Source: Sherman Publications

Township seeks investment advice

by Mary Keck

January 16, 2013

Why spend money on investment advice when you can get it for free? That’s the question on Independence Township Treasurer Paul Brown’s mind.

At the Board of Trustees meeting on January 8, the board voted to do away with their current investment advisors, Munder Capital, and find residents with business and investment acumen, who can offer the same guidance.

“While I’m a CPA (Certified Public Accountant) and I have a lot of things I’ve learned over the years, I’m certainly no expert in investing money. I’d like to get all the help I can get in understanding what’s new out there,” Brown told his fellow board members.

According to Township Investment Policy, the treasurer is designated as the investment officer and has the authority to invest in bonds, securities, and other obligations of the United States.

Although investing is a part of the treasurer’s role, “I believe the board becomes more comfortable having participated in putting together this committee and seeing that I’m using that advice for my decisions,” said Brown.

“I think it’s a great idea,” said Trustee Andrea Schroeder. “I’m a huge proponent of getting people in the community involved,” she added.

As Brown begins the work of investing on behalf of the township, the board hopes to recruit five members of the community to serve on an Investment Advisory Committee (IAC).

Brown described the citizens he’s seeking for the IAC as people who may have securities licenses, successful business owners who have a high net worth, or residents with Masters degrees in business. “I want some really sharp people,” he said.

The treasurer hopes members appointed to the IAC will suggest changes to the township’s current investment policy.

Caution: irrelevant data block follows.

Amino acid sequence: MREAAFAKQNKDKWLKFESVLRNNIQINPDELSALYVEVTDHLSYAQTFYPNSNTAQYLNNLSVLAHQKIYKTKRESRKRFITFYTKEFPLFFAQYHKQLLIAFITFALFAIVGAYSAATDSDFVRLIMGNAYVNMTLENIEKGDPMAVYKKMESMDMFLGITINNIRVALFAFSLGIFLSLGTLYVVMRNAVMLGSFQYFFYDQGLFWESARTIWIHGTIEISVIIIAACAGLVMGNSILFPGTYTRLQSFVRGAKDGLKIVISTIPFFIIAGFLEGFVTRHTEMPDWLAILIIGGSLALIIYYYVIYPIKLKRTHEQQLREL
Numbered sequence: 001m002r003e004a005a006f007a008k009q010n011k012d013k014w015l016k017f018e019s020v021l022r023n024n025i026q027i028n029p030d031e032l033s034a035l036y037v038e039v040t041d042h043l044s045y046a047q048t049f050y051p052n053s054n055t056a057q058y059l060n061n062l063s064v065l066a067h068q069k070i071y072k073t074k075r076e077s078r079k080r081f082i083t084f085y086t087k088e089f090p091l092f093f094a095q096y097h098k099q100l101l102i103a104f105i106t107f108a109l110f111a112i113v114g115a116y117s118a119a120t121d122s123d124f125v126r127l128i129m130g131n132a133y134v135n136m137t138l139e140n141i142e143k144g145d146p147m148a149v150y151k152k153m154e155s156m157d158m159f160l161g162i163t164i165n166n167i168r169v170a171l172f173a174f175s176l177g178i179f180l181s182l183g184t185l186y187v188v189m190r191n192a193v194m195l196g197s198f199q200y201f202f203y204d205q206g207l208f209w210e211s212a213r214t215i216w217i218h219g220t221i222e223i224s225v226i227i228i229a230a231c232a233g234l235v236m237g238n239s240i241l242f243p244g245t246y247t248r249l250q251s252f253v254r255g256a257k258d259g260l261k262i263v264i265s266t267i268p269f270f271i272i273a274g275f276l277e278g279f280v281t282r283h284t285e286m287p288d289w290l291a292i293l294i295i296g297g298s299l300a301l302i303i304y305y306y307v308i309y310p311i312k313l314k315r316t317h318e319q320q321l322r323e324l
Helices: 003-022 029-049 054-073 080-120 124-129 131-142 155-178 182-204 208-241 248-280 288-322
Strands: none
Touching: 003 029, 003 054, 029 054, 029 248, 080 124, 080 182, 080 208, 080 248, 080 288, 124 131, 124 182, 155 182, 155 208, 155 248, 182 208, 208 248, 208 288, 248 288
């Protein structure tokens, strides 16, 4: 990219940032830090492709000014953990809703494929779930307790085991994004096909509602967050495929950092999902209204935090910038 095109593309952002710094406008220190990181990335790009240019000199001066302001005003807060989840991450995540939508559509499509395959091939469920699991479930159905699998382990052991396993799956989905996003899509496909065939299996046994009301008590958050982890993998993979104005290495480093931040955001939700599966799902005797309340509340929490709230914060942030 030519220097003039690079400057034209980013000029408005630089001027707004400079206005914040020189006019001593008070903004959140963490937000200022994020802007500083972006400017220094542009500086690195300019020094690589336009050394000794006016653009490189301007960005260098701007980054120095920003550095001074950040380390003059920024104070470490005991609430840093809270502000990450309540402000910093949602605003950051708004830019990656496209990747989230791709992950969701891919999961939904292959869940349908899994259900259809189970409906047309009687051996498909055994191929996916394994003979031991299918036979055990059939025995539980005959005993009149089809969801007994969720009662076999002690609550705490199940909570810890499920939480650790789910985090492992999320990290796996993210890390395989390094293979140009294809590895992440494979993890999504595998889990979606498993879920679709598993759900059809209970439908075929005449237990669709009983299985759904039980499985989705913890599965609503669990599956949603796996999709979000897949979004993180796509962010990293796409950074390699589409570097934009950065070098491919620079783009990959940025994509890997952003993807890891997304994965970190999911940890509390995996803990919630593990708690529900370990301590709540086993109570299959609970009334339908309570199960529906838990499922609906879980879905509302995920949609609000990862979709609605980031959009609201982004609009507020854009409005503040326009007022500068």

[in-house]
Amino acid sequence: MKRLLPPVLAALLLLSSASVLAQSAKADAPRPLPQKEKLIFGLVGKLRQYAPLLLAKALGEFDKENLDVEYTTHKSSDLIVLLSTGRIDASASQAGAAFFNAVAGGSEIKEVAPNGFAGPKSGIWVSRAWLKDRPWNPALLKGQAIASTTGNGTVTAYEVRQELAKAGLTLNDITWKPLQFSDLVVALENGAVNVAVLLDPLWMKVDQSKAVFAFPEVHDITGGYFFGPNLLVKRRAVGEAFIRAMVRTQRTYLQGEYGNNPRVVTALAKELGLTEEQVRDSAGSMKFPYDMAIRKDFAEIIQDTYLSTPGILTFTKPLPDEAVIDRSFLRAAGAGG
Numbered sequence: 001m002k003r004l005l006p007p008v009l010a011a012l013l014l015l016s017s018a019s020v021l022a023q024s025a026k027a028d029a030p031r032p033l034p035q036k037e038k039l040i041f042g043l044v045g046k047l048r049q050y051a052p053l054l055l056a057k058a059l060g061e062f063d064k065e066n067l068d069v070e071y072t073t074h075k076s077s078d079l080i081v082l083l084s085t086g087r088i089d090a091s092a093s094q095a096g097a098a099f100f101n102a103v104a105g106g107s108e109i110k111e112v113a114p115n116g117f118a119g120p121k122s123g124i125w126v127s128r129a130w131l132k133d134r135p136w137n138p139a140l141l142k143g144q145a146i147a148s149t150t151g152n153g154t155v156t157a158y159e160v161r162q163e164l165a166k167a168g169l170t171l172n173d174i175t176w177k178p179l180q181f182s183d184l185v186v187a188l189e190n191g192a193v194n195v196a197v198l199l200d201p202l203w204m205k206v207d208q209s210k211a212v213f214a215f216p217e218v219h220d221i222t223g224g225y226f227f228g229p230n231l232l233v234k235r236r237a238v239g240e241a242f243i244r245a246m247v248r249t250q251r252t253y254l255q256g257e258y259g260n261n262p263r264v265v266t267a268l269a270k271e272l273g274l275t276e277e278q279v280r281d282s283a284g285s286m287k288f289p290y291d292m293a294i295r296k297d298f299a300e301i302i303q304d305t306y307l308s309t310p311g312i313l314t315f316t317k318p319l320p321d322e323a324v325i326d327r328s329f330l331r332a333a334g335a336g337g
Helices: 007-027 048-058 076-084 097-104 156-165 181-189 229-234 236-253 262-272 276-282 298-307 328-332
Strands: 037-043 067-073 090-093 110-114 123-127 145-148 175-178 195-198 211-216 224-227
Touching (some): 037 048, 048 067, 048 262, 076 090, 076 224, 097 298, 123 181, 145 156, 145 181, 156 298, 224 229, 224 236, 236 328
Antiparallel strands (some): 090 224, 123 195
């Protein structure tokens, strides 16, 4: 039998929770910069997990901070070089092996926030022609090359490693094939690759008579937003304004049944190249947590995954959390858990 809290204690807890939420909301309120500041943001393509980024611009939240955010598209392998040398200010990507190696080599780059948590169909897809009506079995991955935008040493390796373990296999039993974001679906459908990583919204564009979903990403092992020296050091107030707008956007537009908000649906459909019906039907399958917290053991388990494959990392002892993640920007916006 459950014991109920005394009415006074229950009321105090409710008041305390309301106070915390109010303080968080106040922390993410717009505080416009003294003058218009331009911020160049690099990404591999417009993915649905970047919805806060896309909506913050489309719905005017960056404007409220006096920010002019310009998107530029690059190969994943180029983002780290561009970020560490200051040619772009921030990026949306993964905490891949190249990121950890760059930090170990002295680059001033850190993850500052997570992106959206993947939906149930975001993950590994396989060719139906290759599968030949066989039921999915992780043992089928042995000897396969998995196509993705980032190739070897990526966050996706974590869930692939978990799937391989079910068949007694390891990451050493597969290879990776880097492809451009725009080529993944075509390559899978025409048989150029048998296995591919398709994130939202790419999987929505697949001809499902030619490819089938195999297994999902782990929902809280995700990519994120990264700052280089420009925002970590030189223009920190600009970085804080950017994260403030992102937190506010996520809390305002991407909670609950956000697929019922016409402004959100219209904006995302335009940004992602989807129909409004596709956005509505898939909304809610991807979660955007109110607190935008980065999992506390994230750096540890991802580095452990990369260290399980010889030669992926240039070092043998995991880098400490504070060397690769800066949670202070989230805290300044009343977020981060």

“Our policy is actually more strict than the state regulations,” he said. For example, the township requires only AAA rated investments; however, Brown would like to see the policy reflect the state’s Public Act 20, which allows A or AA rated investments. “Double A is still really good; there’s not much risk in it,” he said.

In addition to revising the investment policy, Brown hopes the IAC will offer him long and short-term investment strategy advice.

Before January 8, the treasurer received long-term investment advice from Munder Capital, a company located in Birmingham that specializes in financial management. During the meeting last Tuesday, Brown sought permission from the board to eliminate Munder Capital.

“We’re paying $28,000 a year, and Munder Capital is essentially having us buy U.S. treasuries, the most conservative investment I can possibly make. On our long-term investments, we earned $158,000 last year, and we paid Munder $28,000 – that is a staggering fee,” Brown explained.

From Brown’s point of view, “I don’t need advice to buy U.S. Treasury bills if that’s what I’m going to do; I can just do that and save $28,000.” He intends to continue using the same strategy for long-term investments without advisement from Munder.

“The win here is the potential to save money and get citizens involved,” said Trustee David Lohmeier. In two 6-0 votes, the board voted in favor of both laying off Munder Capital and developing the IAC. Trustee Jose Aliaga was absent.

After reviewing the citizens’ qualifications, the Board of Trustees will appoint IAC members who will meet quarterly. Applications are currently available on the township’s website: Contact Brown with questions by calling 248-625-5111.